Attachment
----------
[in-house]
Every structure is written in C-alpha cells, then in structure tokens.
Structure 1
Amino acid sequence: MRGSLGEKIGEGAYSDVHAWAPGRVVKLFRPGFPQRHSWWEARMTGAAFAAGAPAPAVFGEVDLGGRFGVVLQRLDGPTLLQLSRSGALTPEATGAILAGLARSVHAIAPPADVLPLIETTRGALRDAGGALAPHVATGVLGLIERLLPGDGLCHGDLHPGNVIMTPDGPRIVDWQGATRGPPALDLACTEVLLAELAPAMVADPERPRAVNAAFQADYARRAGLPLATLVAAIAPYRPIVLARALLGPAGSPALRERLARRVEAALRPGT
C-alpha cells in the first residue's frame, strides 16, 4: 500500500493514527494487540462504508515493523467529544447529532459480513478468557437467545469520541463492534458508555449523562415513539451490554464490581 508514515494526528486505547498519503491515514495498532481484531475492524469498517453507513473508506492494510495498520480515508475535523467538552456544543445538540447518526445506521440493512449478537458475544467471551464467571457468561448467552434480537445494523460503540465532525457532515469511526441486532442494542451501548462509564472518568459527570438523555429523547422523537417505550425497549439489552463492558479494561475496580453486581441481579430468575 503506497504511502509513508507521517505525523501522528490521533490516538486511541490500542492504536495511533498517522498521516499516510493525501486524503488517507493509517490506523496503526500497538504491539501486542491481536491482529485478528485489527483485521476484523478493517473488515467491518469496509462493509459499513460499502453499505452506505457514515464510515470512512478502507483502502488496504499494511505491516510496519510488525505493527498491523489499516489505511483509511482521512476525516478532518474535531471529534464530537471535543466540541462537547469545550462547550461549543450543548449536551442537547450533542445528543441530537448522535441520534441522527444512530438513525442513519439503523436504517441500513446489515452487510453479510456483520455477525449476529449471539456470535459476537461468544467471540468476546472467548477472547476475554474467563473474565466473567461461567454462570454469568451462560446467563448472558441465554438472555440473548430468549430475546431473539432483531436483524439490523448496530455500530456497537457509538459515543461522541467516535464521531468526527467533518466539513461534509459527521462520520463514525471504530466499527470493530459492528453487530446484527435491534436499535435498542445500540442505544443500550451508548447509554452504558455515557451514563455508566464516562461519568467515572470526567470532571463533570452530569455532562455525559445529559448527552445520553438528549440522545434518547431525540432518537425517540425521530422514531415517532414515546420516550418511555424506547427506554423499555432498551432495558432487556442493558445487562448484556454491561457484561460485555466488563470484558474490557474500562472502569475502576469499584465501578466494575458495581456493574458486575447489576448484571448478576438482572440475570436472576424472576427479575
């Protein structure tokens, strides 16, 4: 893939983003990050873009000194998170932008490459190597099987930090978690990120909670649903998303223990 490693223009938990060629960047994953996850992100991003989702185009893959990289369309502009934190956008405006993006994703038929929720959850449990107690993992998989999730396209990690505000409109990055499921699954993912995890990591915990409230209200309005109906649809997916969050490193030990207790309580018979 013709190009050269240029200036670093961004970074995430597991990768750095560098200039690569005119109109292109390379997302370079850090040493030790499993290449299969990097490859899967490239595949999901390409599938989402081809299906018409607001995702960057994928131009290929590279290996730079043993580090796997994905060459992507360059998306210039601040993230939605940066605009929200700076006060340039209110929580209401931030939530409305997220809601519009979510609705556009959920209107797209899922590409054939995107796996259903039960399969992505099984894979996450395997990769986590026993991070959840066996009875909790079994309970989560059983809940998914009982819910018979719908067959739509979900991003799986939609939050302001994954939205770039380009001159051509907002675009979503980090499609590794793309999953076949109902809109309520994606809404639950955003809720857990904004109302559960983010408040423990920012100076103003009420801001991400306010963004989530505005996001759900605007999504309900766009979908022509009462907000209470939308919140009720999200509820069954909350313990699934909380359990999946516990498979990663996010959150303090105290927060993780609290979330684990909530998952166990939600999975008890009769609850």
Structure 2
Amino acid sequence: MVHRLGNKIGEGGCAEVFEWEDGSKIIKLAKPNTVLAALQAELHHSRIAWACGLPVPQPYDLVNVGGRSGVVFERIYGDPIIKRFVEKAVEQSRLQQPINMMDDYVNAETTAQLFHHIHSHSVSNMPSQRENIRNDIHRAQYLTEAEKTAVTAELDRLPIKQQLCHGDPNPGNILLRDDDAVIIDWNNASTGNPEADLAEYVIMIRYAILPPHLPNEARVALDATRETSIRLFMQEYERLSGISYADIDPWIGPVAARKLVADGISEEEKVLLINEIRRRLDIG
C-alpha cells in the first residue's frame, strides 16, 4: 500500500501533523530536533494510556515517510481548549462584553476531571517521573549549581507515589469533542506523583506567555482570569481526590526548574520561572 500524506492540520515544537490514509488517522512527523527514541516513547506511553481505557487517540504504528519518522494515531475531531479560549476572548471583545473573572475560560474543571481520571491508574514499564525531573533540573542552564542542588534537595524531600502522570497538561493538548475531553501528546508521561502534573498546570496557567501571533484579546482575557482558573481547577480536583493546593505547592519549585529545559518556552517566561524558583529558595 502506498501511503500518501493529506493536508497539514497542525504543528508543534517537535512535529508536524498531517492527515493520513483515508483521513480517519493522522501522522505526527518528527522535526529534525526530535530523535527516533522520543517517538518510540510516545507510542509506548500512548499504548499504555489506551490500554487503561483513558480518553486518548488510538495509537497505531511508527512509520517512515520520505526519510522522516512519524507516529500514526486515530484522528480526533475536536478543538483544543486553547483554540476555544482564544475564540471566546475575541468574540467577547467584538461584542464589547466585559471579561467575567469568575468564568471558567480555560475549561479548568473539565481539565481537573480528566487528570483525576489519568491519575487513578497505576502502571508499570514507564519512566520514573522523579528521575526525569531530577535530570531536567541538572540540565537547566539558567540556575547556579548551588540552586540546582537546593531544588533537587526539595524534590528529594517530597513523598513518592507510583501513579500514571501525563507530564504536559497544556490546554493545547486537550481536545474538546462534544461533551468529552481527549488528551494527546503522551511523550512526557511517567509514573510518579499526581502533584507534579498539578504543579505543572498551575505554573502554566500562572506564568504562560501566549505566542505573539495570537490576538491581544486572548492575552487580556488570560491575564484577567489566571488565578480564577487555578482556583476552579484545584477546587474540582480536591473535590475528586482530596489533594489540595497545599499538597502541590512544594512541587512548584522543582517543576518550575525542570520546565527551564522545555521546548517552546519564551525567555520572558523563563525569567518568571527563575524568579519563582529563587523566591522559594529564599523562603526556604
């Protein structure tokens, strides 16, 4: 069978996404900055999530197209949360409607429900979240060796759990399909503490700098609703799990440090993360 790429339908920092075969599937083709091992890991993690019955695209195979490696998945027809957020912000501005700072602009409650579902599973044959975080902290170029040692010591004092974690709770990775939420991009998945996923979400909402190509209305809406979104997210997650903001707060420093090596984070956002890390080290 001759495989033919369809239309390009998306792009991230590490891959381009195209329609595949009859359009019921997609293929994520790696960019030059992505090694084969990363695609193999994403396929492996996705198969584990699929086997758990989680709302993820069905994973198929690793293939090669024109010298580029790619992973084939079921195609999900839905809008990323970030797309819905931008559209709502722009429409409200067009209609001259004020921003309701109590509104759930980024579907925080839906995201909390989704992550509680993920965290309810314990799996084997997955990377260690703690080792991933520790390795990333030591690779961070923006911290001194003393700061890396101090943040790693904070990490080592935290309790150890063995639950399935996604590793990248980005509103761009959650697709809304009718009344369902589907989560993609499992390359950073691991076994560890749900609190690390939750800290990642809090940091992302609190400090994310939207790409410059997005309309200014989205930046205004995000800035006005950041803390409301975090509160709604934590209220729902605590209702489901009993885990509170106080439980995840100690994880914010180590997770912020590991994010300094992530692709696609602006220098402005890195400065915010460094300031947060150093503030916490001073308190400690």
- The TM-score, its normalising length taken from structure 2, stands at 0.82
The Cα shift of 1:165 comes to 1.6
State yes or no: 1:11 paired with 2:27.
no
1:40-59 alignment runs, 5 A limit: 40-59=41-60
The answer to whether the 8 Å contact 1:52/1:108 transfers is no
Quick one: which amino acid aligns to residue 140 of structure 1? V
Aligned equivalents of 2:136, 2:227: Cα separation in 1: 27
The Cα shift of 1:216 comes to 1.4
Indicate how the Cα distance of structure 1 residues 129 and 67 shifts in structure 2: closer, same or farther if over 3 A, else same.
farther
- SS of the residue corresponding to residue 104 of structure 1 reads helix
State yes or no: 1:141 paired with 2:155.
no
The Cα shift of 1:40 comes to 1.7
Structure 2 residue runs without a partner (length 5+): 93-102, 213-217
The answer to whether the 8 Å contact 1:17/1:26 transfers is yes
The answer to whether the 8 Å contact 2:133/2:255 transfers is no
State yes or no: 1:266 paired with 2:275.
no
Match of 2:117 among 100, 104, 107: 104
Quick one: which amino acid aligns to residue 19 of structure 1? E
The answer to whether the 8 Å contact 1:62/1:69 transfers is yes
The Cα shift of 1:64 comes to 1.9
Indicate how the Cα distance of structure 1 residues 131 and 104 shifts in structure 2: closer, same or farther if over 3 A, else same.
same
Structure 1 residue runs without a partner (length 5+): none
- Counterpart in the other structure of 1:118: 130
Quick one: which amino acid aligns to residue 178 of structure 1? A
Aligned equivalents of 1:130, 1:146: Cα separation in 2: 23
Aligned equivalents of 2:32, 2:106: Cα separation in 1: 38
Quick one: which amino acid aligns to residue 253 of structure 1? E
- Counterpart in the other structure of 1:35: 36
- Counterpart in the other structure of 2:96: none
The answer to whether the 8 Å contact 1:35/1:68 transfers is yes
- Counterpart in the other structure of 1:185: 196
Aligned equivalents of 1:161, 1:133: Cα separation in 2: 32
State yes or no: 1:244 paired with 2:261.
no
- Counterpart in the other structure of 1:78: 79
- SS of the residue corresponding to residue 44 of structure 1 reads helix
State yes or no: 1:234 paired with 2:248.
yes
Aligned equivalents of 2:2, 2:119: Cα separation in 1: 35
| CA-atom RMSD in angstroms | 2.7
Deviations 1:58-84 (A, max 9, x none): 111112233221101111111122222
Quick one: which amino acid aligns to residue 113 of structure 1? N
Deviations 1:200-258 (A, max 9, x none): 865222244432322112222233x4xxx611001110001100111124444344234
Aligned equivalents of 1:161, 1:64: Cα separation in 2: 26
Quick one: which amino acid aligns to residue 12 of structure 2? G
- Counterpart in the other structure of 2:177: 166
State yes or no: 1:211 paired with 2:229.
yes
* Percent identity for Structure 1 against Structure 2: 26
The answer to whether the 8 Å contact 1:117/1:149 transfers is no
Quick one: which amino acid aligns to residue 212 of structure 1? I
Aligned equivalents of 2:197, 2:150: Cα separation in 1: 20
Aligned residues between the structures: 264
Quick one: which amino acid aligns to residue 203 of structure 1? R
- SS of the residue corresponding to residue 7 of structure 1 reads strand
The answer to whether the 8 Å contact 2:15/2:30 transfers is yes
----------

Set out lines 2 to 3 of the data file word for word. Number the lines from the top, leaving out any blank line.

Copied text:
Every structure is written in C-alpha cells, then in structure tokens.
Structure 1